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dc.contributor.advisorHellberg, Sofie
dc.contributor.authorAbril Ortiz, Adriana Lorena
dc.description.abstractIn a world of interconnected global value chains, regulating the conduct of transnational corporations is challenging. In international human rights law, only voluntary mechanisms regulate the responsibility of businesses to respect. In the United Nations, the Guiding Principles of Business and Human Rights determine the international standards applicable: the duty of the State to protect, the corporate responsibility to respect, and the right of victims to remedy. The UN Human Rights Council established the Working Group on Business and Human Rights to guarantee the implementation of the Guiding Principles. This special procedure, composed of five independent experts, pushes forward the business and human rights agenda in the UN system. The Working Group receives information on abuses from civil society and sends letters to the States and companies involved to draw attention to the issue, ask for information, and remedy. This dissertation seeks to identify in those complaints patterns of conduct of the extractive industry that can reproduce environmental injustice and environmental human rights abuses. The extractive industry is the most frequently addressed sector in public allegations of abuses due to its impacts on local communities and the environment. As a nature-intensive sector, it offers an entry point to re-think environmental human rights from a political ecology perspective. The methodology includes a qualitative content analysis of 57 cases of alleged abuses of extractive companies from 2012-January 2023 in the complaint mechanism of the UN Working Group. Based on the Third World Approaches to International Law movement, this research questions whether human rights can challenge extractive neocolonial corporate practices. In the findings, the company´s notion of reputation and home States´ mere expectations are on the spot. At the same time, the claims of indigenous peoples and defenders are central to re-imagining environmental human rights in and from the sites of extraction.en_US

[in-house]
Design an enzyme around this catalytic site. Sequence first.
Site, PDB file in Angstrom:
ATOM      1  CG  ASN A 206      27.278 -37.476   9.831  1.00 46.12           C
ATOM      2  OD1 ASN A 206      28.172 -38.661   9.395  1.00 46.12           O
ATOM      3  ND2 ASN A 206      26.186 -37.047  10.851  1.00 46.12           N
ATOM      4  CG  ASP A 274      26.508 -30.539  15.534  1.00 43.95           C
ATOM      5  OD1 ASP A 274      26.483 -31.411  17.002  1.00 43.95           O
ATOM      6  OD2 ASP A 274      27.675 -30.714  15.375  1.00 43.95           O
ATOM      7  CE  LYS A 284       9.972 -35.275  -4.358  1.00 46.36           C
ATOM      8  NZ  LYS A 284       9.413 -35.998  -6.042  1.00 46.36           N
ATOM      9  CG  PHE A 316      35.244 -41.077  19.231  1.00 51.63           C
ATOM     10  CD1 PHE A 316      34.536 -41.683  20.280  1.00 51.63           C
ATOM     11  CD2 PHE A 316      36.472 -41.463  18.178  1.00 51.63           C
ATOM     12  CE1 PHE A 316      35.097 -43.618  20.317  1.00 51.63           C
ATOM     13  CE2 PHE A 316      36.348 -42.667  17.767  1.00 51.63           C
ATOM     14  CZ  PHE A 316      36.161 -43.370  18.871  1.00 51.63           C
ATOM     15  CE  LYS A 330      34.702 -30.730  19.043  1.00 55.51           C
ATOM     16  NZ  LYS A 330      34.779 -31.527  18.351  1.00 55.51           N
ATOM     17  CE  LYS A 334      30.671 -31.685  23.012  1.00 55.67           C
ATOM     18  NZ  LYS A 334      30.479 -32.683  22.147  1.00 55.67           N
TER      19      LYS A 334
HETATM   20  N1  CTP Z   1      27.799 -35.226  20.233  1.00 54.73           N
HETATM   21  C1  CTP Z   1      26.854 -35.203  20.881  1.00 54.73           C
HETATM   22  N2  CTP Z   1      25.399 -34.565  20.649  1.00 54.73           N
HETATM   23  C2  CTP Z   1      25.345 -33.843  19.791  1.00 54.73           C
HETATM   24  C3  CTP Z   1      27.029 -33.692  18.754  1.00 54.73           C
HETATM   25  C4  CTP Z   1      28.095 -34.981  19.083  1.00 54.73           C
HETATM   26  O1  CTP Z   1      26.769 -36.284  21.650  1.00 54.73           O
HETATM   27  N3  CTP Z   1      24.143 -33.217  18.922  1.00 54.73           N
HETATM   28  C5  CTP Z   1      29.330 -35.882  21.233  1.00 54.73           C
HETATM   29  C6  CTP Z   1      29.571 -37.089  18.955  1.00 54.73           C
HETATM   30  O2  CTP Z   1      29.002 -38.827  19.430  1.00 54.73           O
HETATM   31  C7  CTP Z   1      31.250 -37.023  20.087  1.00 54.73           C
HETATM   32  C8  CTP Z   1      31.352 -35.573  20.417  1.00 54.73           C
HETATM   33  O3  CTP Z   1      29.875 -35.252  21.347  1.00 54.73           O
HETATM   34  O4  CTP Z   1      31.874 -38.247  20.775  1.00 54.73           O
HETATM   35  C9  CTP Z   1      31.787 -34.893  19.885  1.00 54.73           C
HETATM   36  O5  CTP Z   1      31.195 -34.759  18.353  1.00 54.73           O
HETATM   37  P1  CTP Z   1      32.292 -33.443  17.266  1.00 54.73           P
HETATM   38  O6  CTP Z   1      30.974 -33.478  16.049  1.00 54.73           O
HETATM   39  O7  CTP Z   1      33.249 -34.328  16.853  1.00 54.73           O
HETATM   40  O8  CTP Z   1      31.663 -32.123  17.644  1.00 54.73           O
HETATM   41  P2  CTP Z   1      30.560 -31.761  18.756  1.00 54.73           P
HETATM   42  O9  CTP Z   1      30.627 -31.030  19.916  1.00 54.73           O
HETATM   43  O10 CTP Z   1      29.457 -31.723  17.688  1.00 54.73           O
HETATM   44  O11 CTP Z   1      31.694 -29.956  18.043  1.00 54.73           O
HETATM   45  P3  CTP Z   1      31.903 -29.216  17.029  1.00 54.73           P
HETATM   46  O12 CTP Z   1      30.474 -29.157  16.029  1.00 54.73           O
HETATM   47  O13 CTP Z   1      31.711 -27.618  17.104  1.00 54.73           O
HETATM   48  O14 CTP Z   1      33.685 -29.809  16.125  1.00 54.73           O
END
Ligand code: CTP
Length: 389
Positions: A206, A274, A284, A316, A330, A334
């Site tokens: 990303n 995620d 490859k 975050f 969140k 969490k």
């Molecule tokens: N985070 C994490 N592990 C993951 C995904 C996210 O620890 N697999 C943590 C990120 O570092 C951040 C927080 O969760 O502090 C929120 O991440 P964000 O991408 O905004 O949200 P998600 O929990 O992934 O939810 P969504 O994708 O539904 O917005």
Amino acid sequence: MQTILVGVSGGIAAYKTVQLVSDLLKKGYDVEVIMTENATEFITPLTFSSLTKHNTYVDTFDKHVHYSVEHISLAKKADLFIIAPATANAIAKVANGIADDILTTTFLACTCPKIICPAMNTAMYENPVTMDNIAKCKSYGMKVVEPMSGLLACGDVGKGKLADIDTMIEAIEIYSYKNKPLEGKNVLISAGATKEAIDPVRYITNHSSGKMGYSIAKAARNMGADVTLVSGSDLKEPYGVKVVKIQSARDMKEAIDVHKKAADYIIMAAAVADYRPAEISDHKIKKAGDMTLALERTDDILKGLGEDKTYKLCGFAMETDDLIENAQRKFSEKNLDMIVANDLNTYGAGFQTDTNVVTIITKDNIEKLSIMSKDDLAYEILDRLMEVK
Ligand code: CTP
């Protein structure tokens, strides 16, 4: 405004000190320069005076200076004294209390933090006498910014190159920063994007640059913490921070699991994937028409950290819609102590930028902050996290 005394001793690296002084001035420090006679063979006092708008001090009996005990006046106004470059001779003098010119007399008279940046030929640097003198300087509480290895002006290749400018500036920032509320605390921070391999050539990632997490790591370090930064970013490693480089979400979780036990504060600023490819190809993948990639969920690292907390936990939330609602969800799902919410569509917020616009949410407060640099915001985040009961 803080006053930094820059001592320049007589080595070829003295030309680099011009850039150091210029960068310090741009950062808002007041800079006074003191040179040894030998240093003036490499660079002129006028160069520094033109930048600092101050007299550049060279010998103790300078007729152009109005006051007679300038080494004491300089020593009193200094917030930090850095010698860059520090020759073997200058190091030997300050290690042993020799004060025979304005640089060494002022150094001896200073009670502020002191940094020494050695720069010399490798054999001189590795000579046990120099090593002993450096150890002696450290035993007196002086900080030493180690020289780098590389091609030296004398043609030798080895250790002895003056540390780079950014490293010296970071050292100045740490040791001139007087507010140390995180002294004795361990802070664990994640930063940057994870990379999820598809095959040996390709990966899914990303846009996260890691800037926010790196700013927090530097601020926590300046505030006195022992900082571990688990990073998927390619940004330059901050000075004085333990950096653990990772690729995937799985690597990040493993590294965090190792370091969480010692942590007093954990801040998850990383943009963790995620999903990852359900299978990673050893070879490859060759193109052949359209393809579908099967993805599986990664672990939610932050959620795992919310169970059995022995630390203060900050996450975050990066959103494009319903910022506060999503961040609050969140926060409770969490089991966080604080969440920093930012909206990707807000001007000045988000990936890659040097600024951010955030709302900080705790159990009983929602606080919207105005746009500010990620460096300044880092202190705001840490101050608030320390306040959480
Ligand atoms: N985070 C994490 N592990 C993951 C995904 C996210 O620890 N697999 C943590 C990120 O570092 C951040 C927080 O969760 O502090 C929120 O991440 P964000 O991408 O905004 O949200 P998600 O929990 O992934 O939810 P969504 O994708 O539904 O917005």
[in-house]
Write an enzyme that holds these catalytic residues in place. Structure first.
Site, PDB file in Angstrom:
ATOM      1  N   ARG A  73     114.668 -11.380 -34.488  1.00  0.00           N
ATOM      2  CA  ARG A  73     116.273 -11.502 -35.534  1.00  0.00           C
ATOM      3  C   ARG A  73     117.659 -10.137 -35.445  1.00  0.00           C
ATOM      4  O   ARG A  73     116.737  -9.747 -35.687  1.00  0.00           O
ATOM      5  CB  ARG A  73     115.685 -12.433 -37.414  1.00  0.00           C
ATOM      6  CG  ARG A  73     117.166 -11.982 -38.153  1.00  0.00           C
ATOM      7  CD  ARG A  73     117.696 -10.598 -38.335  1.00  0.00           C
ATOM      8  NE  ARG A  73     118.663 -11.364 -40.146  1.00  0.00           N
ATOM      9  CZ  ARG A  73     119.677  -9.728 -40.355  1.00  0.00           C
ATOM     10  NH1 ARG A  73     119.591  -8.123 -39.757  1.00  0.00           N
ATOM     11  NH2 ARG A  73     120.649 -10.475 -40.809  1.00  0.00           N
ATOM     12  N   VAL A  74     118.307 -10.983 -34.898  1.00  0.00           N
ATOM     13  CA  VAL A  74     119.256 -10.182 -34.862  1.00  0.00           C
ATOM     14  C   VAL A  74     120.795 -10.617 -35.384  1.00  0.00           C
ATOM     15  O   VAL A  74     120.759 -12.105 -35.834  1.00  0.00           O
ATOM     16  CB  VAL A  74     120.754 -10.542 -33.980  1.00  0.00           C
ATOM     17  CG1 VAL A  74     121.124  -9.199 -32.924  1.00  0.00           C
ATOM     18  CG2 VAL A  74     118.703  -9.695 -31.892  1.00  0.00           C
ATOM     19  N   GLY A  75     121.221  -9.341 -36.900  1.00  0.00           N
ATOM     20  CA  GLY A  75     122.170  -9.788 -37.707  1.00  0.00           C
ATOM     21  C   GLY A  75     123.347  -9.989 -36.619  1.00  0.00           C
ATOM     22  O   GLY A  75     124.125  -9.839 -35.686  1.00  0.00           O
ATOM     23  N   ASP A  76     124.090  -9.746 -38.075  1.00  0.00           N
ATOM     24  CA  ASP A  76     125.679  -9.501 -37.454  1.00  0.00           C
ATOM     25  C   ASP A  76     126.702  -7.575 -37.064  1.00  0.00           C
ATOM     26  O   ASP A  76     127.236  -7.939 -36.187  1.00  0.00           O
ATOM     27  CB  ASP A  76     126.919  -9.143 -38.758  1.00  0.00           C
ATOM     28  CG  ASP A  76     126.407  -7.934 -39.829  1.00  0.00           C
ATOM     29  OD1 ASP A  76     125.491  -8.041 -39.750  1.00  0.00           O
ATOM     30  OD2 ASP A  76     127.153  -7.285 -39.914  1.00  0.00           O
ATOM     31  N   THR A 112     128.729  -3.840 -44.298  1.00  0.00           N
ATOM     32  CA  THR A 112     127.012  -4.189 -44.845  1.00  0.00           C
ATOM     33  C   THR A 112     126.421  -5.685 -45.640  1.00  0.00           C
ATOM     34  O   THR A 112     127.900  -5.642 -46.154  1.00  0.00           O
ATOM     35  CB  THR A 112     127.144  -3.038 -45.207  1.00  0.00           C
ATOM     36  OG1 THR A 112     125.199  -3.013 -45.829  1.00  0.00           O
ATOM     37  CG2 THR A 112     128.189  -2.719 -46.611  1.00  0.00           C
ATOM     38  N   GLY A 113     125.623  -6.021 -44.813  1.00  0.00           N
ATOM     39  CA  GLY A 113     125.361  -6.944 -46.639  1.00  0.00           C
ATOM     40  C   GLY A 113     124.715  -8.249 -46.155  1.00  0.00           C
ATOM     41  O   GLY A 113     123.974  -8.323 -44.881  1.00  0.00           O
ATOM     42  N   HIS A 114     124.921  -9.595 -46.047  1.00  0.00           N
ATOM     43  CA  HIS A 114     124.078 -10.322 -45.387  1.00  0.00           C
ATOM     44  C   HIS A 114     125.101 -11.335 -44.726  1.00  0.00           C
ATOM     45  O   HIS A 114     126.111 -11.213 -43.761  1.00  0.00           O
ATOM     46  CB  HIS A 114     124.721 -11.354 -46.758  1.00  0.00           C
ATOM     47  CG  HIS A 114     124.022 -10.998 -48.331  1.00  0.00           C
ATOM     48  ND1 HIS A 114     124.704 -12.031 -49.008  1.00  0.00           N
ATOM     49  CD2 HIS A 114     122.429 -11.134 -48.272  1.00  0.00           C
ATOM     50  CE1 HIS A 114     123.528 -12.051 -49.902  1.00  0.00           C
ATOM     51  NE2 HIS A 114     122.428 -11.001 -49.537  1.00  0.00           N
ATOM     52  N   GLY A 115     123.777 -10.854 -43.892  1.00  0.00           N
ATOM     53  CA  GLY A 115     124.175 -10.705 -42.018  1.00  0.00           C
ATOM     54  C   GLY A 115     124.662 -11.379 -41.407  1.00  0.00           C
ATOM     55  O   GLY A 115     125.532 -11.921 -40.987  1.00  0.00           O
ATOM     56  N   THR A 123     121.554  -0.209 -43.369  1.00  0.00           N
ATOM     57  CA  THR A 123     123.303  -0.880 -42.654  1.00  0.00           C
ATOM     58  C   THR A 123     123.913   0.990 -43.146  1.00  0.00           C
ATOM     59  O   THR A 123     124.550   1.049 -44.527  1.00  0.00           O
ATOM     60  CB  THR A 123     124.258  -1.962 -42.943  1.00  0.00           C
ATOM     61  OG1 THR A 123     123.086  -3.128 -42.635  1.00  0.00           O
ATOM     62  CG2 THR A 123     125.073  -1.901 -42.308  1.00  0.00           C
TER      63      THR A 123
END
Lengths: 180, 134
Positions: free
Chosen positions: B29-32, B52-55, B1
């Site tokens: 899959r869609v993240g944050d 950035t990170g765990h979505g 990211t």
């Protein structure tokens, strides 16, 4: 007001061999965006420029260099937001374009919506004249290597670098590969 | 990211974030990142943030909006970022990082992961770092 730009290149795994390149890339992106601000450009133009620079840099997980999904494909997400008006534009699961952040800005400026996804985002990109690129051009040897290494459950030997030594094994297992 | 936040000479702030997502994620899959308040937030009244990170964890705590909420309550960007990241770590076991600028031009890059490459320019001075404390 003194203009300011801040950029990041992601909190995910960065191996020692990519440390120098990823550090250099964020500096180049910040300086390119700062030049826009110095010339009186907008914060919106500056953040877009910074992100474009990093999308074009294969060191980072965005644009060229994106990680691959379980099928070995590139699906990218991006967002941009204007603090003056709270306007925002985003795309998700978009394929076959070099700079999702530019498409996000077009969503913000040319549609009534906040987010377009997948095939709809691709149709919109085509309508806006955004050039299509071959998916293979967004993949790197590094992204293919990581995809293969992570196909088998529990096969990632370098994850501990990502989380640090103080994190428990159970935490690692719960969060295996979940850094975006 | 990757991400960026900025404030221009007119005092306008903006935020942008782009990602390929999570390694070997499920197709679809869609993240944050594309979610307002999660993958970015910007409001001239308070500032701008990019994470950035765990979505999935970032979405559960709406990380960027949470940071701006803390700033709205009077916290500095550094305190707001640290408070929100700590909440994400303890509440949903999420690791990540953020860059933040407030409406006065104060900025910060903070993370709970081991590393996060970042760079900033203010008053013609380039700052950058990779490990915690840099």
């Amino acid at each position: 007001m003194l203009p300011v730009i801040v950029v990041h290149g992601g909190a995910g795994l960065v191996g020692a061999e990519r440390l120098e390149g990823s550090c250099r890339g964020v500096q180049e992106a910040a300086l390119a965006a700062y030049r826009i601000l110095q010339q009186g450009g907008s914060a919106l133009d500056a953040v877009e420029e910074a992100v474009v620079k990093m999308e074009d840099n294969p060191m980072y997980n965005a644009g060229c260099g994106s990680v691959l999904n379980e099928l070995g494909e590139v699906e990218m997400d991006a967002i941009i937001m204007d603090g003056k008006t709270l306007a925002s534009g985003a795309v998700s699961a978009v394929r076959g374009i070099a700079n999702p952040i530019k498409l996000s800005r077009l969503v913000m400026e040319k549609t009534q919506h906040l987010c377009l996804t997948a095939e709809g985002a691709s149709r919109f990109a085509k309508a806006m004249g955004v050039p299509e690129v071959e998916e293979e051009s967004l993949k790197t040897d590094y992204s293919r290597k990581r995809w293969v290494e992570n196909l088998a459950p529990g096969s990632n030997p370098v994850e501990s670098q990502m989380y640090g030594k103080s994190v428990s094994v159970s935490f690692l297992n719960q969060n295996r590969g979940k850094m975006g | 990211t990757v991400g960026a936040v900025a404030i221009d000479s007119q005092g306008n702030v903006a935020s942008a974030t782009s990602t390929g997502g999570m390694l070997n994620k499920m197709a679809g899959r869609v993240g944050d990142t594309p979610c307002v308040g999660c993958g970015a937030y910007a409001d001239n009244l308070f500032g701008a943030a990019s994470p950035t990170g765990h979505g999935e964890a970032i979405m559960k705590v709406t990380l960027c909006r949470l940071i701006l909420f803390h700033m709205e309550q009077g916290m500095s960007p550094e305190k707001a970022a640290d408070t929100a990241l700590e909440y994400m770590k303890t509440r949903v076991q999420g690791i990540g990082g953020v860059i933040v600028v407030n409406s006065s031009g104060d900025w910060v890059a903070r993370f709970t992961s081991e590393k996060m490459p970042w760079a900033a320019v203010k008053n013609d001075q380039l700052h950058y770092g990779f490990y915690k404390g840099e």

dc.publisherUiT Norges arktiske universitetno
dc.publisherUiT The Arctic University of Norwayen
dc.rights.holderCopyright 2023 The Author(s)
dc.rightsAttribution-NonCommercial-ShareAlike 4.0 International (CC BY-NC-SA 4.0)en_US
dc.subjectVDP::Social science: 200::Law: 340::International law: 344en_US
dc.subjectVDP::Samfunnsvitenskap: 200::Rettsvitenskap: 340::Folkerett: 344en_US
dc.subjectbusiness and human rightsen_US
dc.subjectextractive industryen_US
dc.subjectpolitical ecologyen_US
dc.subjectThird World Approaches to International Lawen_US
dc.titleA Political Ecology of Injustice when Extracting Rights-holders from Nature: Analysis of the communications mechanism of the UN Working Group on Business and Human Rightsen_US
dc.typeMaster thesisen

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Attribution-NonCommercial-ShareAlike 4.0 International (CC BY-NC-SA 4.0)
Except where otherwise noted, this item's license is described as Attribution-NonCommercial-ShareAlike 4.0 International (CC BY-NC-SA 4.0)